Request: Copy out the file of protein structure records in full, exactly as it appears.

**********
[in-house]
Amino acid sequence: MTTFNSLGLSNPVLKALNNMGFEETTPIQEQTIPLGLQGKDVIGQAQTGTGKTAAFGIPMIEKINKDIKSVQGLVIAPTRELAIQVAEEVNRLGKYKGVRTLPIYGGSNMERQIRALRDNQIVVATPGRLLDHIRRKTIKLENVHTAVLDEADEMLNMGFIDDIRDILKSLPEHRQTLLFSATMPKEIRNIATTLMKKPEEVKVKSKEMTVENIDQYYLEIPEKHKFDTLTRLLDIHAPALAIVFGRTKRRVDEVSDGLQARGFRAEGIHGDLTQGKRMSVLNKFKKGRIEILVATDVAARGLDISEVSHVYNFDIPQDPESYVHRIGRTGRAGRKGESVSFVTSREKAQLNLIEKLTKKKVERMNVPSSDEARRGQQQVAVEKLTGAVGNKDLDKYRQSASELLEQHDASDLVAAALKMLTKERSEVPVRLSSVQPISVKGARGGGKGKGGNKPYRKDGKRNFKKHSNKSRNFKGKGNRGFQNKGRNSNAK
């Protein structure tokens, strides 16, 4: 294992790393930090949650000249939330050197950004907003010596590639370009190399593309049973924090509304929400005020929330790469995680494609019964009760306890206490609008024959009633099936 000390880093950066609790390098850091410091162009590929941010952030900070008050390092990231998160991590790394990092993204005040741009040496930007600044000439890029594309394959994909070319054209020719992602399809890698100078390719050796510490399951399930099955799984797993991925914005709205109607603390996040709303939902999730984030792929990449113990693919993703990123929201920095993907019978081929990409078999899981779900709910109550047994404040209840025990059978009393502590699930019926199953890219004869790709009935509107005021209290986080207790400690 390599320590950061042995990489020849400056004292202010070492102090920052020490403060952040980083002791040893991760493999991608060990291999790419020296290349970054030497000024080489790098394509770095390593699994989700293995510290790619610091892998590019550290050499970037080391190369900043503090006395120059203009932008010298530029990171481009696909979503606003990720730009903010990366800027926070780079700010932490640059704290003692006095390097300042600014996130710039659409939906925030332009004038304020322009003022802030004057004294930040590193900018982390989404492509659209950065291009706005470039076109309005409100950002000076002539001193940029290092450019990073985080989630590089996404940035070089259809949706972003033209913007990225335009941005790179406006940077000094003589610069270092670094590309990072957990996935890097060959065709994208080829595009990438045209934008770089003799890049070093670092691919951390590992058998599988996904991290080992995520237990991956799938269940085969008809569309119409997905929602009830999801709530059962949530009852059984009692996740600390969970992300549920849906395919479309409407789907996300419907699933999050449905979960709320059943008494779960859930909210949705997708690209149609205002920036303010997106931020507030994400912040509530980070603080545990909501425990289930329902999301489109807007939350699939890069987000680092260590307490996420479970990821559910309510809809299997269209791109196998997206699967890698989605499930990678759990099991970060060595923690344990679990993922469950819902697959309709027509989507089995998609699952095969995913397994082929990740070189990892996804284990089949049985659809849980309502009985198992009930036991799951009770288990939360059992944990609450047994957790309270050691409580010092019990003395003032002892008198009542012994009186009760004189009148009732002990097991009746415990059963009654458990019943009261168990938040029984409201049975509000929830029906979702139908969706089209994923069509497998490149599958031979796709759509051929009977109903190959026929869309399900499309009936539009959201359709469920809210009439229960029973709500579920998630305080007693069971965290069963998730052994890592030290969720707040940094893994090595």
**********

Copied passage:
[in-house]
Amino acid sequence: MTTFNSLGLSNPVLKALNNMGFEETTPIQEQTIPLGLQGKDVIGQAQTGTGKTAAFGIPMIEKINKDIKSVQGLVIAPTRELAIQVAEEVNRLGKYKGVRTLPIYGGSNMERQIRALRDNQIVVATPGRLLDHIRRKTIKLENVHTAVLDEADEMLNMGFIDDIRDILKSLPEHRQTLLFSATMPKEIRNIATTLMKKPEEVKVKSKEMTVENIDQYYLEIPEKHKFDTLTRLLDIHAPALAIVFGRTKRRVDEVSDGLQARGFRAEGIHGDLTQGKRMSVLNKFKKGRIEILVATDVAARGLDISEVSHVYNFDIPQDPESYVHRIGRTGRAGRKGESVSFVTSREKAQLNLIEKLTKKKVERMNVPSSDEARRGQQQVAVEKLTGAVGNKDLDKYRQSASELLEQHDASDLVAAALKMLTKERSEVPVRLSSVQPISVKGARGGGKGKGGNKPYRKDGKRNFKKHSNKSRNFKGKGNRGFQNKGRNSNAK
């Protein structure tokens, strides 16, 4: 294992790393930090949650000249939330050197950004907003010596590639370009190399593309049973924090509304929400005020929330790469995680494609019964009760306890206490609008024959009633099936 000390880093950066609790390098850091410091162009590929941010952030900070008050390092990231998160991590790394990092993204005040741009040496930007600044000439890029594309394959994909070319054209020719992602399809890698100078390719050796510490399951399930099955799984797993991925914005709205109607603390996040709303939902999730984030792929990449113990693919993703990123929201920095993907019978081929990409078999899981779900709910109550047994404040209840025990059978009393502590699930019926199953890219004869790709009935509107005021209290986080207790400690 390599320590950061042995990489020849400056004292202010070492102090920052020490403060952040980083002791040893991760493999991608060990291999790419020296290349970054030497000024080489790098394509770095390593699994989700293995510290790619610091892998590019550290050499970037080391190369900043503090006395120059203009932008010298530029990171481009696909979503606003990720730009903010990366800027926070780079700010932490640059704290003692006095390097300042600014996130710039659409939906925030332009004038304020322009003022802030004057004294930040590193900018982390989404492509659209950065291009706005470039076109309005409100950002000076002539001193940029290092450019990073985080989630590089996404940035070089259809949706972003033209913007990225335009941005790179406006940077000094003589610069270092670094590309990072957990996935890097060959065709994208080829595009990438045209934008770089003799890049070093670092691919951390590992058998599988996904991290080992995520237990991956799938269940085969008809569309119409997905929602009830999801709530059962949530009852059984009692996740600390969970992300549920849906395919479309409407789907996300419907699933999050449905979960709320059943008494779960859930909210949705997708690209149609205002920036303010997106931020507030994400912040509530980070603080545990909501425990289930329902999301489109807007939350699939890069987000680092260590307490996420479970990821559910309510809809299997269209791109196998997206699967890698989605499930990678759990099991970060060595923690344990679990993922469950819902697959309709027509989507089995998609699952095969995913397994082929990740070189990892996804284990089949049985659809849980309502009985198992009930036991799951009770288990939360059992944990609450047994957790309270050691409580010092019990003395003032002892008198009542012994009186009760004189009148009732002990097991009746415990059963009654458990019943009261168990938040029984409201049975509000929830029906979702139908969706089209994923069509497998490149599958031979796709759509051929009977109903190959026929869309399900499309009936539009959201359709469920809210009439229960029973709500579920998630305080007693069971965290069963998730052994890592030290969720707040940094893994090595």